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IT security remains neglected by business leaders

Cyber ​​security objectives should be seen as an integral part of any organization’s business objectives (photo: CC0 Public Domain)

Only 39% of organizations’ IT security officers believe that their company’s leadership understands the role of cyber defense as a key driver of business value. Over a third of CISOs (36%) believe that their bosses view security as important only in relation to regulatory compliance. 17% say it is not seen as a business priority at all.

These are some of the findings of a study by Delinea, a provider of PAM solutions, based on a global study revealing the effect of the disconnection between cyber-security activities and the overall business. Over 2,000 IT Security Decision Makers (ITSDM) were surveyed for the analysis.

A mismatch between business and cybersecurity goals appears to result in at least one negative consequence for 89% of organizations. More than a quarter of surveyed CISOs (26%) also reported that top management neglect has led to an increased number of successful cyber attacks within their company.

Negative consequences

The effect of divergence is far-reaching. It has contributed to investment delays (35%), strategic decision-making delays (34%) and unnecessary cost increases (27%).

There are also consequences for the people themselves. 31% of IT Security Officers surveyed reported that the discrepancy affected their entire teams in terms of stress. Global economic uncertainty is exacerbating the situation. Half of respondents (48%) say that as a result it is becoming increasingly difficult to achieve synchronization between cyber security and overall business goals.

If there is anything encouraging in the findings, it is that the majority of cyber defense teams (62%) meet regularly with their business counterparts at the highest level. Additionally, 54% of companies report that IT security team members are “embedded” in business functions.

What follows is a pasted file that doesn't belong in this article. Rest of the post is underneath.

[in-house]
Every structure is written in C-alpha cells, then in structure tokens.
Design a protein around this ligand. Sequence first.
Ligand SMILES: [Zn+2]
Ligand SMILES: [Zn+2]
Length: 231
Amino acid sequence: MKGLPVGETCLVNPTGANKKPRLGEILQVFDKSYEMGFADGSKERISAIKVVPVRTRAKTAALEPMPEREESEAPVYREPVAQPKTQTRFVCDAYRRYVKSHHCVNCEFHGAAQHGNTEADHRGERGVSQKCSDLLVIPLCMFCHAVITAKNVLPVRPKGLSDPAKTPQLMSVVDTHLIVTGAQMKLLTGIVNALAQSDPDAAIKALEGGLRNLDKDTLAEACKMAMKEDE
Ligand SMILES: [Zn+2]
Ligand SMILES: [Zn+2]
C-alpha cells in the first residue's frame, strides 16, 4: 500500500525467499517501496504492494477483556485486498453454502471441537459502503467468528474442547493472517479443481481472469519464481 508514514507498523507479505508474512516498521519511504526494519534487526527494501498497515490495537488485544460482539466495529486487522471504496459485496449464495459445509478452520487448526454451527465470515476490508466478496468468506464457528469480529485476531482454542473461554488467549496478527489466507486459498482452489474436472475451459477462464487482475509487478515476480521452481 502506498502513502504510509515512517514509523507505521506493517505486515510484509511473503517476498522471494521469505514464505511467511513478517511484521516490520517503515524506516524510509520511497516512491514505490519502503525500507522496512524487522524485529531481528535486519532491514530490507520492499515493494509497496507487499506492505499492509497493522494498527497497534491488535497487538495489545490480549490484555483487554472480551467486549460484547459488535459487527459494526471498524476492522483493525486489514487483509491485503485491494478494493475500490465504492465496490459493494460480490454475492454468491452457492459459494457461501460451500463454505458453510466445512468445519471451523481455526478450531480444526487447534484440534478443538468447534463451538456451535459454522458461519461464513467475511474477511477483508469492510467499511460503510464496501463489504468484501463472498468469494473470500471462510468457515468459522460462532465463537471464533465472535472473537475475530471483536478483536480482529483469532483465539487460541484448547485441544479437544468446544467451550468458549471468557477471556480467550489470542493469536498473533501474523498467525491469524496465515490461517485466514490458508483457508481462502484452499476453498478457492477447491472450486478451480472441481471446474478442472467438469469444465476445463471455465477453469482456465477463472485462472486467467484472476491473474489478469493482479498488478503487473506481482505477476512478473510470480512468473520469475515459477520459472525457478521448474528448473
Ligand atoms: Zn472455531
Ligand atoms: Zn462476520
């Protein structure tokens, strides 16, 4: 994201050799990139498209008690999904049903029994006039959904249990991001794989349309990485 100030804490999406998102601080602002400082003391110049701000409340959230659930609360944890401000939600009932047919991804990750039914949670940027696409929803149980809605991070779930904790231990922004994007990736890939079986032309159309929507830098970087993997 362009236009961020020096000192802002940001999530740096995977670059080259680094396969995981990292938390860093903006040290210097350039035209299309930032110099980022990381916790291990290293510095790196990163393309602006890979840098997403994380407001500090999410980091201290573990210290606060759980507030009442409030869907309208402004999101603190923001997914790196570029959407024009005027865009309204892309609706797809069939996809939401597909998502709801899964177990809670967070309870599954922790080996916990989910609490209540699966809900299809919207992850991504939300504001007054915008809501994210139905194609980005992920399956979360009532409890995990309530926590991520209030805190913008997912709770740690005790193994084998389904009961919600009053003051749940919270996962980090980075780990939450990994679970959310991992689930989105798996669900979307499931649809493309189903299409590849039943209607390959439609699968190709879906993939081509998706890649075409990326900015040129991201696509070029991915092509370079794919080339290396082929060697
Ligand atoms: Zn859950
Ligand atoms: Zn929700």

Lack of understanding

However, the survey shows that there is room for improvement, as less than half of organizations (48%) document policies and procedures to facilitate alignment between business and cyber security objectives. A third of respondents (33%) reported that alignment occurs on an “ad-hoc” basis.

The analysis also highlights that the metrics used to measure and demonstrate the value of cybersecurity are still closely tied to technical metrics. For example, the number of attacks prevented (31%) was cited as the most important measure of success. This is followed by data on achieving regulatory compliance goals (29%) and reducing the cost of security incidents (29%).

“Cyber ​​security can be a huge factor for business. But the research suggests there is more work to be done at board level when it comes to changing attitudes. Executives need to think about IT security not just in terms of ticking a box for regulatory compliance or protecting the company, but also in terms of the value they get at a more strategic level,” said Joseph Carson, Chief Security Scientist and Chief Information Security Officer (CISO) at Delinea.

Valuable skills

Building the business skillset of security managers can improve the picture. However, respondents cited technical skills as the most valuable cybersecurity leaders should possess. They are rated higher than other skills such as communication, collaboration, insight and people management skills.

Almost a third (31%) believe that presenting business cases to the board of directors and senior managers is a significant gap in their skill set. When it comes to communication skills, 30% of respondents identified them as an “area for improvement”.

Need to level up

“Aligning the importance of IT security with other business objectives is essential to the success of any organization. The research clearly highlights the negative consequences when the goals of different teams are not fully synchronized,” adds Carson. Everyone in an organization must have a clear understanding of all important business functions and the value of cyber defense must be clear to them as an integral part of business objectives.

At the heart of the problem is communication. Strong technical skills are still important, but security leaders need the ability to communicate and persuade, influence and represent the value their work brings to business outcomes.

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